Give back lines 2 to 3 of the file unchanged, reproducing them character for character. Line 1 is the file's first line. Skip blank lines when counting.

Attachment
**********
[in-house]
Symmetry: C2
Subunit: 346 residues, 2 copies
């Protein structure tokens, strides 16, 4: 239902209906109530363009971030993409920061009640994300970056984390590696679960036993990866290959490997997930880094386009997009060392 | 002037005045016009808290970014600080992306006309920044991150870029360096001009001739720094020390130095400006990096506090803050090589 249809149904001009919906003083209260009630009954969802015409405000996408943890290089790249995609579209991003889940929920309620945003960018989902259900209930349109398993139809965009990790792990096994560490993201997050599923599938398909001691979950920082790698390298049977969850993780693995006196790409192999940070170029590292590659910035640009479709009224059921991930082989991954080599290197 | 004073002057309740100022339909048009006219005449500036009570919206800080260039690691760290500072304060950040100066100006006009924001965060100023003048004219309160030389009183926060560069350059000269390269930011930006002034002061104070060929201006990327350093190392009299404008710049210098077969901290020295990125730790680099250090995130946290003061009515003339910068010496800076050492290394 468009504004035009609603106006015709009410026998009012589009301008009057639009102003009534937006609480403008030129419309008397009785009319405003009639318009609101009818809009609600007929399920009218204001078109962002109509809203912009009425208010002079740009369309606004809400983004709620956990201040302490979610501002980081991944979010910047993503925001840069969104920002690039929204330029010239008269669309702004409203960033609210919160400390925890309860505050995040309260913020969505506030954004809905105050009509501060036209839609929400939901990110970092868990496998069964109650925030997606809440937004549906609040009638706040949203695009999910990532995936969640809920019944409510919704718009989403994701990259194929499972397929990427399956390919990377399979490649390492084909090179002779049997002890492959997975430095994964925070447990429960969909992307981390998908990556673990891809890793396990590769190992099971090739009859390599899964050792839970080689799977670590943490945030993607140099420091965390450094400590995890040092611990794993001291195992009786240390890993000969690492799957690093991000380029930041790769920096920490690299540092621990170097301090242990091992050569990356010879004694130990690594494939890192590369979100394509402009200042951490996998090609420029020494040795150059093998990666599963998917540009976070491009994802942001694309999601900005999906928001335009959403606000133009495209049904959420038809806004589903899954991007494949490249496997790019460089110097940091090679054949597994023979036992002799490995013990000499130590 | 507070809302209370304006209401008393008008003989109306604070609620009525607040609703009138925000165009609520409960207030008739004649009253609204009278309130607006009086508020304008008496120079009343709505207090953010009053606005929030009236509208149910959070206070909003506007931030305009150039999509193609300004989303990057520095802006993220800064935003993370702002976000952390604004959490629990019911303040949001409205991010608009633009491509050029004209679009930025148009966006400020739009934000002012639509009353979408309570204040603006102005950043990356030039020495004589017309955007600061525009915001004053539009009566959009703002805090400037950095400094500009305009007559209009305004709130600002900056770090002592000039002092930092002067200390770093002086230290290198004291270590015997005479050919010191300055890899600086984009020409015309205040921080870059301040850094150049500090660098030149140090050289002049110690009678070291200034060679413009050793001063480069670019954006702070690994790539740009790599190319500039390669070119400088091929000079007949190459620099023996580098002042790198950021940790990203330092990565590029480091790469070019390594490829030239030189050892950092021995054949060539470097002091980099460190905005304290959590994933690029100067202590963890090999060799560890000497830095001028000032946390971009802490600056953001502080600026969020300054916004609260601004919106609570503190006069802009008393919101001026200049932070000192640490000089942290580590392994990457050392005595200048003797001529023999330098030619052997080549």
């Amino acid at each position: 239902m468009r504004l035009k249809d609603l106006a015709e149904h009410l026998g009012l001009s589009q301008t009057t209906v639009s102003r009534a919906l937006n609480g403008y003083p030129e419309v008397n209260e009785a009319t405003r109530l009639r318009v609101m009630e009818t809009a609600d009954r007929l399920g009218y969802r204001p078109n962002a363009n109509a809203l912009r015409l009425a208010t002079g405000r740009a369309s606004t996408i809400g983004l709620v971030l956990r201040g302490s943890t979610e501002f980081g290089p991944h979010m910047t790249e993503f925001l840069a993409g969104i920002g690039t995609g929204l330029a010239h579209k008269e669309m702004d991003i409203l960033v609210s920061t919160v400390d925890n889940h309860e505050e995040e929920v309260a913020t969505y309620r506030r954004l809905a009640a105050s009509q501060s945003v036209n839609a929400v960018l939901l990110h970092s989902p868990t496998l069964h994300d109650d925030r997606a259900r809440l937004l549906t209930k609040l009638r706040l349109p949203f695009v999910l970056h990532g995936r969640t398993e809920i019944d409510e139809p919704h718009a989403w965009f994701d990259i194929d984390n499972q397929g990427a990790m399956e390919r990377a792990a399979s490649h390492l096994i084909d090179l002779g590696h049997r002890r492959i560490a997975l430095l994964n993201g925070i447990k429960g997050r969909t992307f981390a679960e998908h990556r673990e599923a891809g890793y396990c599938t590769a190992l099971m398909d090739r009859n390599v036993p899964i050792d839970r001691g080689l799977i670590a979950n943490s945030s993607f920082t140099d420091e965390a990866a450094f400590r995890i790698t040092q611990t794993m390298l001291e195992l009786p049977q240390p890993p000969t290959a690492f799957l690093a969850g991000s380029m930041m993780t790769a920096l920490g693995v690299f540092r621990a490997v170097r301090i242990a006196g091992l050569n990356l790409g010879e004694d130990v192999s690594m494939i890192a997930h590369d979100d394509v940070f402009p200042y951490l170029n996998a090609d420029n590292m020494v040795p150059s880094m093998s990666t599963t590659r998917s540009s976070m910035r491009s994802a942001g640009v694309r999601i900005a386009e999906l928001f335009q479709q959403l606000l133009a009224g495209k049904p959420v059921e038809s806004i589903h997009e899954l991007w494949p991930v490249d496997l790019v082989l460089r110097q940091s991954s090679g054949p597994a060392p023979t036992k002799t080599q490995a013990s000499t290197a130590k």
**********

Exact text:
Symmetry: C2
Subunit: 346 residues, 2 copies